By Don Simpson | December 5, 2011
Director: Wagner de Assis
Writer: Wagner de Assis
Starring: Renato Prieto, Fernando Alves Pinto, Rosane Mulholland, Inez Viana, Rodrigo dos Santos, Werner Schünemann, Clemente Viscaíno, Helena Varvaki, Aracy Cardoso, Selma Egrei
Based on the best selling book by the infamous Brazilian medium Chico Xavier, Astral City: A Spiritual Journey tells the story of André Luiz (Renato Prieto), a doctor who experiences a spiritual awakening after he dies. Xavier purportedly wrote Astral City with the guidance of André Luiz’s spirit — who communicated the story to Xavier from the afterlife — and considering the minute and thorough details revealed in the film, that actually seems as if it could be believable. I will refrain from commenting on that, though…
André first wakes up in purgatory, a nightmarish dimension of pain and suffering. In this realm, André is referred to as “a suicide,” therefore his purgatorial peers do not believe that he deserves to be saved. Of course André does not understand any of this, because he did not commit suicide…at least not in the traditional sense. As it turns out, however, while André existed on Earth he indulged in several Cardinal Sins (wrath, greed, sloth, pride, lust, envy, and gluttony) and those sins festered within his soul and eventually became the eventual cause of his death. Looking at it that way, André’s death was self-induced and therefore suicide.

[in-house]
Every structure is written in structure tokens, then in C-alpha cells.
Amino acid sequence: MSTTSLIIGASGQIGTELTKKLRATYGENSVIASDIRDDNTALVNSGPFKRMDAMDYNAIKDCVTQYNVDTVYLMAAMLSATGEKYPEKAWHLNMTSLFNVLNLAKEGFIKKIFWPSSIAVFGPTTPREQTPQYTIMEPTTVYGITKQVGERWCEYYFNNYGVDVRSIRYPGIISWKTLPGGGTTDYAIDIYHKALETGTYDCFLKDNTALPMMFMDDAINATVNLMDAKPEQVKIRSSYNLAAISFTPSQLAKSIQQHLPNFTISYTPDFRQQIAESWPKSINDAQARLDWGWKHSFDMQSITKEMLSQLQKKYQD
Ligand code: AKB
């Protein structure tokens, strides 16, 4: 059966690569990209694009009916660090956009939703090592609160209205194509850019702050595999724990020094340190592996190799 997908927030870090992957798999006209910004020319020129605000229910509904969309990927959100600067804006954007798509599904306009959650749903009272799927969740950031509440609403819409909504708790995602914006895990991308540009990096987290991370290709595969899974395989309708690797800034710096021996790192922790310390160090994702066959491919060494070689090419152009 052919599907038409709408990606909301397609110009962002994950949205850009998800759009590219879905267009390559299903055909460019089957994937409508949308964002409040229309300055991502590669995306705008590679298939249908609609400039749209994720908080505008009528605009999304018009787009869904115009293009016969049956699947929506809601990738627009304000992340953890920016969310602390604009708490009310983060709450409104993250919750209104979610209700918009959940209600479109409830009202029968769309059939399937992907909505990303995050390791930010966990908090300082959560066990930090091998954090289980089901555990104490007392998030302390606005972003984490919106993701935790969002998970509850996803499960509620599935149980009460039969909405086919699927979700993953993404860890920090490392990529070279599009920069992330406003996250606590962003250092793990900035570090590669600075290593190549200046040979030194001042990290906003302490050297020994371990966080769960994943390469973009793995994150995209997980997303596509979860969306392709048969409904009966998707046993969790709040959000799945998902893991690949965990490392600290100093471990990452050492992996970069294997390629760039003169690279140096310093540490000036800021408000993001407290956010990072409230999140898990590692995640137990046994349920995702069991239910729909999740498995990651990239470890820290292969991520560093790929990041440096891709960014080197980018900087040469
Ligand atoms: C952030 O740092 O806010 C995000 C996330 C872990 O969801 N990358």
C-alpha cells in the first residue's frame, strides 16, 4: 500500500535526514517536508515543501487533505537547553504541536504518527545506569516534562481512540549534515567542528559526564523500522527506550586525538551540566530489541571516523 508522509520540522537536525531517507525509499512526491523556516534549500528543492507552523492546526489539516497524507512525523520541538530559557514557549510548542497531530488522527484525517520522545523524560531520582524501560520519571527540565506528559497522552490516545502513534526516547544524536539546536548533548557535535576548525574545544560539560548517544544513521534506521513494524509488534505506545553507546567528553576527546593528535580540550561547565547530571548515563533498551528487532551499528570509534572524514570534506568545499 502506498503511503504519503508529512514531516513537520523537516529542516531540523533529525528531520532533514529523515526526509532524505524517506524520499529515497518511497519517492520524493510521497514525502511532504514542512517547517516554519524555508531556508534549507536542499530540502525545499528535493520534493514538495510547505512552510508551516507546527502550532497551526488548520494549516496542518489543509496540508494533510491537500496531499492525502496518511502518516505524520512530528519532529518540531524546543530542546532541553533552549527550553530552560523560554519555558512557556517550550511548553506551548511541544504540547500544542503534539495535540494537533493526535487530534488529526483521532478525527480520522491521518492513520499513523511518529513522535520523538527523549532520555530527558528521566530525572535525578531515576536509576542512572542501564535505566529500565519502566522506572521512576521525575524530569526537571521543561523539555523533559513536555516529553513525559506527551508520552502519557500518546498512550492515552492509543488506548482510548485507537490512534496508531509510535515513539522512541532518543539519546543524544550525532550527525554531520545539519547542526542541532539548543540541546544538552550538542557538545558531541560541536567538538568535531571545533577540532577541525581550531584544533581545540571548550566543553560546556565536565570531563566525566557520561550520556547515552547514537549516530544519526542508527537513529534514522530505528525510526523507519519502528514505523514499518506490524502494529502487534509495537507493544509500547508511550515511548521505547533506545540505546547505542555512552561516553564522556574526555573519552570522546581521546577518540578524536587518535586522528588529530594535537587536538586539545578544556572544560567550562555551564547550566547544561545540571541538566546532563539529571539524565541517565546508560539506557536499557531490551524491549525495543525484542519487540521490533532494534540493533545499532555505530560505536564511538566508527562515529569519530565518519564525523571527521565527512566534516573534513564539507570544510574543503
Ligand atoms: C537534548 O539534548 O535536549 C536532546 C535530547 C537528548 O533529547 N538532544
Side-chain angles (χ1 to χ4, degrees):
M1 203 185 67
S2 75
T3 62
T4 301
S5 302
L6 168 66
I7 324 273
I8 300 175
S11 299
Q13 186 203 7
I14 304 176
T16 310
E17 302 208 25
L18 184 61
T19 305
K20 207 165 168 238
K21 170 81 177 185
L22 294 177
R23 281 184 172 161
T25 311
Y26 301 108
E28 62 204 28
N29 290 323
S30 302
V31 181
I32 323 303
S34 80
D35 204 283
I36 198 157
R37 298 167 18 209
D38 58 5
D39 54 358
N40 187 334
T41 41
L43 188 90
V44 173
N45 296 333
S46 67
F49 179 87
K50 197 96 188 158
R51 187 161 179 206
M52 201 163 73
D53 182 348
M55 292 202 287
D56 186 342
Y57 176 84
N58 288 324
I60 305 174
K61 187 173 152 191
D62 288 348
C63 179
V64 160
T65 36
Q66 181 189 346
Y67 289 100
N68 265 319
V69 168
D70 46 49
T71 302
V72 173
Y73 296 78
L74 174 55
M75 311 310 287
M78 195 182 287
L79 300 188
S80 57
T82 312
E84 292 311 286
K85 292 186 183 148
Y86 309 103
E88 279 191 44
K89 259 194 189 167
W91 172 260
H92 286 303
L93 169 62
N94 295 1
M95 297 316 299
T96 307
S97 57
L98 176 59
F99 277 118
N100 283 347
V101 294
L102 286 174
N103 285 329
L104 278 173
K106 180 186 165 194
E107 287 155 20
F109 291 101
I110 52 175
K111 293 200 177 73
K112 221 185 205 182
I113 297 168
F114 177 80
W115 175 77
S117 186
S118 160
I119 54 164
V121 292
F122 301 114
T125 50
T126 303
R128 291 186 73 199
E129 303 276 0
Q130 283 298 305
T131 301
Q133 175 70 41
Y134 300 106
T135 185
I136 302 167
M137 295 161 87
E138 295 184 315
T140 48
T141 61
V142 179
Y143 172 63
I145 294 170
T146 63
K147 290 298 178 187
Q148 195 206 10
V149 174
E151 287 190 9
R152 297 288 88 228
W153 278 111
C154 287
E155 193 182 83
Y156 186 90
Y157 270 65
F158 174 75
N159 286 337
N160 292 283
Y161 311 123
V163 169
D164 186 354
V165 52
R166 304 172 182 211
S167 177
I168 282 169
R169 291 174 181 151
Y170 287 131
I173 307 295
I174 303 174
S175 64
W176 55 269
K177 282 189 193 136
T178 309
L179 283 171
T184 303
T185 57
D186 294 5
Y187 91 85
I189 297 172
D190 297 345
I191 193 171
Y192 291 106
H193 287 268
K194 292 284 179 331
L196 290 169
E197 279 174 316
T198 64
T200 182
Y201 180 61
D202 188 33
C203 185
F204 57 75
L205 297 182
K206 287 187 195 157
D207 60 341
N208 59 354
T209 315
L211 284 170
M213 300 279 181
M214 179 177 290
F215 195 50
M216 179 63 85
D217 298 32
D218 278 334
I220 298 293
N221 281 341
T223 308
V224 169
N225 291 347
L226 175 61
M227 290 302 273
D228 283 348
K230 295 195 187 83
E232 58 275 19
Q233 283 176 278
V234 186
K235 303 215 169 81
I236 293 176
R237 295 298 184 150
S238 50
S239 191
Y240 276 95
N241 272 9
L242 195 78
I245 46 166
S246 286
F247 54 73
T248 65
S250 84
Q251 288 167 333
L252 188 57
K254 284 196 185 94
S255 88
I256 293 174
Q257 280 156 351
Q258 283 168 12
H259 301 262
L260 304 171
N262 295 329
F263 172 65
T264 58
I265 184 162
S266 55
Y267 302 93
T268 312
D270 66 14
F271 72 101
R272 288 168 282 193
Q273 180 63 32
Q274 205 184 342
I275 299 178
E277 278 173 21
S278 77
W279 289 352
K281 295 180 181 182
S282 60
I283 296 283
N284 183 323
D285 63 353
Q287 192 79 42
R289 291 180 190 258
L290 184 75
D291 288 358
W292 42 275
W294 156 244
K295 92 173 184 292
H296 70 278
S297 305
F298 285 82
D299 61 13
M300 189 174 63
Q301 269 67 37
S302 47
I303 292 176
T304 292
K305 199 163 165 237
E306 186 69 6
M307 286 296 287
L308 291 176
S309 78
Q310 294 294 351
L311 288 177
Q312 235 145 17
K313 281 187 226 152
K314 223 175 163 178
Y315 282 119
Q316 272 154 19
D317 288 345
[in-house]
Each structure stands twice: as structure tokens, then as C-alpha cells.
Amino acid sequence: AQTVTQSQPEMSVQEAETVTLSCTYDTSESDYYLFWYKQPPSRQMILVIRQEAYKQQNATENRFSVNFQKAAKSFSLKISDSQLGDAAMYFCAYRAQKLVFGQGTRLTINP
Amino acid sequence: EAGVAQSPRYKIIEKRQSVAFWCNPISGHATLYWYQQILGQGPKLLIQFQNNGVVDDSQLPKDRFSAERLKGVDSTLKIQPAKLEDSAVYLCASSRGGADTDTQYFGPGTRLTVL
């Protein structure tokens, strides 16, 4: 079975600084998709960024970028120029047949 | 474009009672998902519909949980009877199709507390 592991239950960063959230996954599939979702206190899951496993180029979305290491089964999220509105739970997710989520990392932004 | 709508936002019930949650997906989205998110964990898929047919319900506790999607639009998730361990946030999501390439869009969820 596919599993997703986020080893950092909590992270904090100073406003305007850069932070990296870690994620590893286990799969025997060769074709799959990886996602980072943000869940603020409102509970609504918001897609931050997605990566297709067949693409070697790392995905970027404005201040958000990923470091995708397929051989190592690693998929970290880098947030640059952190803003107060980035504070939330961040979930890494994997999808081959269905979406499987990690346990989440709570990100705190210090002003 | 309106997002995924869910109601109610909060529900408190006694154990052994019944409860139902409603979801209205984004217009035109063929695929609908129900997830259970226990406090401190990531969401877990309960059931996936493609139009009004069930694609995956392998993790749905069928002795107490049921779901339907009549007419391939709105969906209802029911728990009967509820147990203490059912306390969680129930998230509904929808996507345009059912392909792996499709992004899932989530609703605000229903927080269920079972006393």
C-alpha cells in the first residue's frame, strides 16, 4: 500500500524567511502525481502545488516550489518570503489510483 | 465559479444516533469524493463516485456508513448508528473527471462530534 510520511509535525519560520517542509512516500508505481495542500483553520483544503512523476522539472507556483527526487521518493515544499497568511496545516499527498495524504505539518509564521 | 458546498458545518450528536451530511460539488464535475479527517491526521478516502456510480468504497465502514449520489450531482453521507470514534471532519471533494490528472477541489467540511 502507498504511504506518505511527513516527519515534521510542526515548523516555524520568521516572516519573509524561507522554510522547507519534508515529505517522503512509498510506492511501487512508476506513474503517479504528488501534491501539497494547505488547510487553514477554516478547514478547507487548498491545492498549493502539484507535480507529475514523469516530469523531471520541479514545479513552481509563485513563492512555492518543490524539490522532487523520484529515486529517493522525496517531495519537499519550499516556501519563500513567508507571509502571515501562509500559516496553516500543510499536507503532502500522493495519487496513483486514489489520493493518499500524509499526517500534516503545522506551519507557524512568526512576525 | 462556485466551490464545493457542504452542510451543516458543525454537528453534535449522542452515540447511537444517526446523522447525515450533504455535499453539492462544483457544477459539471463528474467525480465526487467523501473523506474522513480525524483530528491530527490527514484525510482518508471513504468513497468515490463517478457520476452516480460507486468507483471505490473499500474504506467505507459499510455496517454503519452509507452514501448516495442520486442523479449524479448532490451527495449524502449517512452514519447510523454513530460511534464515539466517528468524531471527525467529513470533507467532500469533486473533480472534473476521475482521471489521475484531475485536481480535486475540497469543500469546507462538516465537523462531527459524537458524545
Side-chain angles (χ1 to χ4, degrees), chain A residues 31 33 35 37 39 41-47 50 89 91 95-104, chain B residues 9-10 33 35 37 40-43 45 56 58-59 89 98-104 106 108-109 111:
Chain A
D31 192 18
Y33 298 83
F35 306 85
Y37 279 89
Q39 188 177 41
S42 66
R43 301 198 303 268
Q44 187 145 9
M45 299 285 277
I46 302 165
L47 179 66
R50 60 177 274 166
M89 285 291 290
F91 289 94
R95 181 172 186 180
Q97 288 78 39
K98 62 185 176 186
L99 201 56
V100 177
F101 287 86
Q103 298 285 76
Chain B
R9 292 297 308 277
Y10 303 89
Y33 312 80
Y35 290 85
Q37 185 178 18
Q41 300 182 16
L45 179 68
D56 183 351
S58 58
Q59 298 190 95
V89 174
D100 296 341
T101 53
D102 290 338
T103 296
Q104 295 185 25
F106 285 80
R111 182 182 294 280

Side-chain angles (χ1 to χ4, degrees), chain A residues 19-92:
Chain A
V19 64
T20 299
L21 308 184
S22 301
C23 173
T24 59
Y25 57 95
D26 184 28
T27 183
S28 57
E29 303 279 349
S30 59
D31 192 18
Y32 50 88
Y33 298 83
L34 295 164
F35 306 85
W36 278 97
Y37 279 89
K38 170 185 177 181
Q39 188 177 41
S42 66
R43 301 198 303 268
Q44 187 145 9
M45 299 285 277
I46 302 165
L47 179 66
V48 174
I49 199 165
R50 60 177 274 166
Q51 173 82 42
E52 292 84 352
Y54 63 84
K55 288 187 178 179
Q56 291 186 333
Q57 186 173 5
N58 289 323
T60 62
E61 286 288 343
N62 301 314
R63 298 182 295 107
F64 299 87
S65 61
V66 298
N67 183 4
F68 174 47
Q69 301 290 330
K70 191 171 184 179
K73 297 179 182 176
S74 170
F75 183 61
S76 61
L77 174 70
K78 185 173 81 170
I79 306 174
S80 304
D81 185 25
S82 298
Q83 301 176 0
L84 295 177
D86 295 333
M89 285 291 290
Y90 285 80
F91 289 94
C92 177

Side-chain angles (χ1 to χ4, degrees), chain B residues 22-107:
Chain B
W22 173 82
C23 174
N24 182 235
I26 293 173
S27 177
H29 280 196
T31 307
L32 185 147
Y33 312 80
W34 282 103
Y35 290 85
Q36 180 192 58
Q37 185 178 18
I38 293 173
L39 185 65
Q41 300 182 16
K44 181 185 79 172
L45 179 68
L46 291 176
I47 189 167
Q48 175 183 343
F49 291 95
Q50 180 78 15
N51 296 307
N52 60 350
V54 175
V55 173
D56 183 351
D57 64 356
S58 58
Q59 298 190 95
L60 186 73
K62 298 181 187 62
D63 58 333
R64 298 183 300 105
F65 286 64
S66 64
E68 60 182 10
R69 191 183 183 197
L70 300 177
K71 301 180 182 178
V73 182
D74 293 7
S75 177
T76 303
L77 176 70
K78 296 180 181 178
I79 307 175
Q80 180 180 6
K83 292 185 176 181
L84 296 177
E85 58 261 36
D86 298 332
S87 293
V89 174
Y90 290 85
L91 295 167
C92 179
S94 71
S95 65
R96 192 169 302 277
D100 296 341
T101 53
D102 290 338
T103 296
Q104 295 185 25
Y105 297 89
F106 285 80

André is eventually delivered to Astral City; and while there is not much to learn about purgatory — other than it being a horrible place — we are given the chance to learn a lot about Astral City. I really do not want to spoil any details for you, because Brazilian writer-director Wagner de Assis does such a fantastic job portraying Astral City on the silver screen and I think it is best to experience this world with virginal eyes. Essentially, the point of Astral City is to fully immerse the audience into Xavier’s interpretation of the afterlife and let’s just say that Astral City is not such a bad place.
Usually when I hear that a film is the most expensive production in the history of its homeland (in this case: Brazil), I run the other way; but the stunning art direction and special effects make Astral City a worthwhile cinematic experience. I am not sure where I stand on the possibilities of the afterlife, but I enjoyed the lush visual representations of Xavier’s theories nonetheless. In case you are wondering… For the most part, Astral City is non-denominational, though it (like spiritism) is rooted in Christian doctrine.
Astral City is scheduled to be released on DVD in December 2011 in the United States by Strand Releasing.